HC Deb 04 June 1996 vol 278 c388
3. Mr. Miller

To ask the Secretary of State for the Environment what proportion of local authority expenditure is represented by council tax collected in (a) Ellesmere Port and Neston and (b) Westminster. [29771]

The Minister for Local Government, Housing and Urban Regeneration (Mr. David Curry)

Forty-three per cent. and 14 per cent. respectively.

Mr. Miller

Those are interesting twists of the official statistics. The Minister will recognise that Ellesmere Port and Neston borough has a better council tax collection rate than the city of Westminster and is better on planning times and a whole host of the measures set out by the Audit Commission, yet the council tax collected from residents in Ellesmere Port—

Madam Speaker

Order. The hon. Gentleman must ask a question.

Mr. Miller

Is it the case that the council tax collected from residents of Ellesmere Port and Neston constitutes 33 per cent. of spending compared with 4 per cent. for Westminster? Is that not a disgrace and yet another Tory fiddle that disadvantages a well-run, Labour-controlled local authority?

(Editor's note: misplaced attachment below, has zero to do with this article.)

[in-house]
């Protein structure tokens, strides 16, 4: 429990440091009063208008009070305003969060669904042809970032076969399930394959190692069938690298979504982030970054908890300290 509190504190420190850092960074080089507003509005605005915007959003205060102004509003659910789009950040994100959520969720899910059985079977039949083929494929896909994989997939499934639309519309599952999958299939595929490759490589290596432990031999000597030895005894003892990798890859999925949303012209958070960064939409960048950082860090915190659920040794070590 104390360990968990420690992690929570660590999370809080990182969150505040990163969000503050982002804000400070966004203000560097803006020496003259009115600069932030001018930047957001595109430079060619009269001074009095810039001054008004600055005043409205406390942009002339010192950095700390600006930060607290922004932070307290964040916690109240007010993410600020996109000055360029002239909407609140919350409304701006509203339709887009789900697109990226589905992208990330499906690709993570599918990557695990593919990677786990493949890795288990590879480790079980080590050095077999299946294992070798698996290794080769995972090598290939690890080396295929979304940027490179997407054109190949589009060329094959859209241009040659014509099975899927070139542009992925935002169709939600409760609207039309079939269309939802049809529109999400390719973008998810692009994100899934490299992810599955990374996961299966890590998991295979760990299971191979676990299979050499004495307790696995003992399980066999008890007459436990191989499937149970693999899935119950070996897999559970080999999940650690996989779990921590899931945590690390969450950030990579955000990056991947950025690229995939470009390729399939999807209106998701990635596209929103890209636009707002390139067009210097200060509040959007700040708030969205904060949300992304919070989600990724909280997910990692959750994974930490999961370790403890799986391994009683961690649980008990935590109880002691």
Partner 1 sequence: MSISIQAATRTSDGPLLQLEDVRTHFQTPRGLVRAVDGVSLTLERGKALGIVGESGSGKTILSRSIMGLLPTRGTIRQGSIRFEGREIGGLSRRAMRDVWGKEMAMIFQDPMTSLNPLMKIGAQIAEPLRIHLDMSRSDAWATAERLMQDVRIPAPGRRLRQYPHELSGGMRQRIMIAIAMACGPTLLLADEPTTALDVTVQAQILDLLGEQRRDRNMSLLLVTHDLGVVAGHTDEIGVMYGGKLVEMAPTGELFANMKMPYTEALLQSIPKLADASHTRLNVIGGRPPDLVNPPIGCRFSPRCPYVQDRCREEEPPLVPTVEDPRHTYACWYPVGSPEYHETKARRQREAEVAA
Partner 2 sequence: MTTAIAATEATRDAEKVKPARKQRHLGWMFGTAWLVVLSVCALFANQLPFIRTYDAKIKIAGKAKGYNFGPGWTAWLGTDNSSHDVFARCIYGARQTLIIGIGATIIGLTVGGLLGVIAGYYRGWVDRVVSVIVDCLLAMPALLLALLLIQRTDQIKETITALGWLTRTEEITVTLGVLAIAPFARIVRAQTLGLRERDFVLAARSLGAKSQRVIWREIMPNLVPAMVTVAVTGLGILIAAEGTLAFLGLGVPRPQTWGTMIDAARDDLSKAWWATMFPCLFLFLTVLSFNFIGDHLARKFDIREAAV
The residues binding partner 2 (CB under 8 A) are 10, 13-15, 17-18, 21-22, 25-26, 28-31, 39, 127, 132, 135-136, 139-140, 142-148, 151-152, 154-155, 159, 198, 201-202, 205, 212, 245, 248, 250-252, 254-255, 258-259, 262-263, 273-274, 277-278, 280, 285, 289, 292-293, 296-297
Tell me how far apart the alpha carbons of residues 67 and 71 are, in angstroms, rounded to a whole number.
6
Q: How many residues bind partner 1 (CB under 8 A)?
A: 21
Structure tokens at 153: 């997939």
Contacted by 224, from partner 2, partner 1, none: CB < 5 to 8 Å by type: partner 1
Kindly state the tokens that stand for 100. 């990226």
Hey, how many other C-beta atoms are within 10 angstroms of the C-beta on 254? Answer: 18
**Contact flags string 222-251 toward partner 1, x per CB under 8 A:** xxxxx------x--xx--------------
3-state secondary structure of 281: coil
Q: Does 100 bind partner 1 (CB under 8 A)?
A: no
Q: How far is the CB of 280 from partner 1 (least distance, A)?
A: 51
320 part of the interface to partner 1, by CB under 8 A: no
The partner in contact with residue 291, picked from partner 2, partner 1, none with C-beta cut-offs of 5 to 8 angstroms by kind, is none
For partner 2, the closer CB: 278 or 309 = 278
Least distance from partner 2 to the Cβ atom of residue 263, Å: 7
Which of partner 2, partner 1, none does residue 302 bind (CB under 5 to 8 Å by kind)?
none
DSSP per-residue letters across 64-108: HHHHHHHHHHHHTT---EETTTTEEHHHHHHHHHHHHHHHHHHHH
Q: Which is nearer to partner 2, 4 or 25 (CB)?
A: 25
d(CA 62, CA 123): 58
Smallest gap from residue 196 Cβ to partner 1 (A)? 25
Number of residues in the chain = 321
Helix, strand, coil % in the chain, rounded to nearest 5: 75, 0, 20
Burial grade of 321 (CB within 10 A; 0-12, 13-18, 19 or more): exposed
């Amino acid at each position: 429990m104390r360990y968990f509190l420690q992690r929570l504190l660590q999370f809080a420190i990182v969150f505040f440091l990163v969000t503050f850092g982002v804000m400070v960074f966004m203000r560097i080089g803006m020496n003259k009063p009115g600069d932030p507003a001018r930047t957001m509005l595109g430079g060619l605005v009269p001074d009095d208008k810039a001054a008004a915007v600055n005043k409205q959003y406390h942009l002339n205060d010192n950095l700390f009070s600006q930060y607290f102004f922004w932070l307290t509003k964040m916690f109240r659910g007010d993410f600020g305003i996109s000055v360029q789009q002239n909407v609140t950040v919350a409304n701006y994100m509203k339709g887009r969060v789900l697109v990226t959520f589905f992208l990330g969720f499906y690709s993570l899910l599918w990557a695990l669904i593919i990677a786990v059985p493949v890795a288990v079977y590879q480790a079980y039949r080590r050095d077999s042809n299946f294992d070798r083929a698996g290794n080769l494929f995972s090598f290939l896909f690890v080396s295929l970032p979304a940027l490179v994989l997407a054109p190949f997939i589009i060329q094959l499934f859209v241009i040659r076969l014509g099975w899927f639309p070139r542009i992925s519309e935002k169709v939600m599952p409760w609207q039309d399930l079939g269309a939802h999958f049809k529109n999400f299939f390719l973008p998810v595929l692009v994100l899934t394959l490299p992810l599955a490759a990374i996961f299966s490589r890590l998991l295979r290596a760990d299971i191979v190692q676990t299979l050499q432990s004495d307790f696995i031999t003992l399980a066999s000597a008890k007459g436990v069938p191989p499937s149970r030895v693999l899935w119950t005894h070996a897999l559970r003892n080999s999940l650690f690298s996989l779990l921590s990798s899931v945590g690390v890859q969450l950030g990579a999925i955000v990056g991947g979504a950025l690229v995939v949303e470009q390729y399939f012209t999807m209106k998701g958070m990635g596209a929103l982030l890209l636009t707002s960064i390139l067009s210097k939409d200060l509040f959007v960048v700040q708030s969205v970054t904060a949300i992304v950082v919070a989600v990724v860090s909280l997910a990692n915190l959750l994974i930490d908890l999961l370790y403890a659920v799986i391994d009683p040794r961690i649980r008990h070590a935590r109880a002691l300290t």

Mr. Curry

I am glad that the hon. Gentleman got to his peroration in the end, albeit with some prompting. His figures are out of date, which is not surprising. The key statistic is that Ellesmere Port and Neston council sets a budget that is 20 per cent. higher than its standard spending assessment. If Westminster set a budget 20 per cent. above its SSA, it would have to fund 35 per cent. of its expenditure from the council tax. If Westminster set a budget 13 per cent. below its SSA and Ellesmere Port and Neston did the same, the borough could hand back £85 to band D council tax payers and would have to raise only 17 per cent. from council tax. If the Ellesmere Port and Neston council budget is so terrible, it is surprising that its Member of Parliament made no representations at the time of consultation.